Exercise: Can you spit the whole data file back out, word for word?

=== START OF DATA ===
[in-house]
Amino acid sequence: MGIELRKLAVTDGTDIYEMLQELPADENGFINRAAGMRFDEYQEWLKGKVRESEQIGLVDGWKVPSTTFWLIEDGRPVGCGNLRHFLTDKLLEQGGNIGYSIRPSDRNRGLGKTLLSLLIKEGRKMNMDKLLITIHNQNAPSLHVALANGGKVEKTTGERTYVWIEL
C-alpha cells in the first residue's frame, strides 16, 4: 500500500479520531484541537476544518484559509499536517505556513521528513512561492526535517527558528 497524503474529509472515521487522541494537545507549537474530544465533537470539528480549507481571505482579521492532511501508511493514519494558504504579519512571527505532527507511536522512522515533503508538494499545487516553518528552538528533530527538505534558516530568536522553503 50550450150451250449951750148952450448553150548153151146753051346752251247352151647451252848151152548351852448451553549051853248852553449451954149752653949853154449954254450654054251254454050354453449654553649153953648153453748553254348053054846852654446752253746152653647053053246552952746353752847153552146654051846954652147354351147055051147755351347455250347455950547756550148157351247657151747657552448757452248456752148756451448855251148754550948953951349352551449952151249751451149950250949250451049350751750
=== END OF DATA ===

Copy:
[in-house]
Amino acid sequence: MGIELRKLAVTDGTDIYEMLQELPADENGFINRAAGMRFDEYQEWLKGKVRESEQIGLVDGWKVPSTTFWLIEDGRPVGCGNLRHFLTDKLLEQGGNIGYSIRPSDRNRGLGKTLLSLLIKEGRKMNMDKLLITIHNQNAPSLHVALANGGKVEKTTGERTYVWIEL
C-alpha cells in the first residue's frame, strides 16, 4: 500500500479520531484541537476544518484559509499536517505556513521528513512561492526535517527558528 497524503474529509472515521487522541494537545507549537474530544465533537470539528480549507481571505482579521492532511501508511493514519494558504504579519512571527505532527507511536522512522515533503508538494499545487516553518528552538528533530527538505534558516530568536522553503 50550450150451250449951750148952450448553150548153151146753051346752251247352151647451252848151152548351852448451553549051853248852553449451954149752653949853154449954254450654054251254454050354453449654553649153953648153453748553254348053054846852654446752253746152653647053053246552952746353752847153552146654051846954652147354351147055051147755351347455250347455950547756550148157351247657151747657552448757452248456752148756451448855251148754550948953951349352551449952151249751451149950250949250451049350751750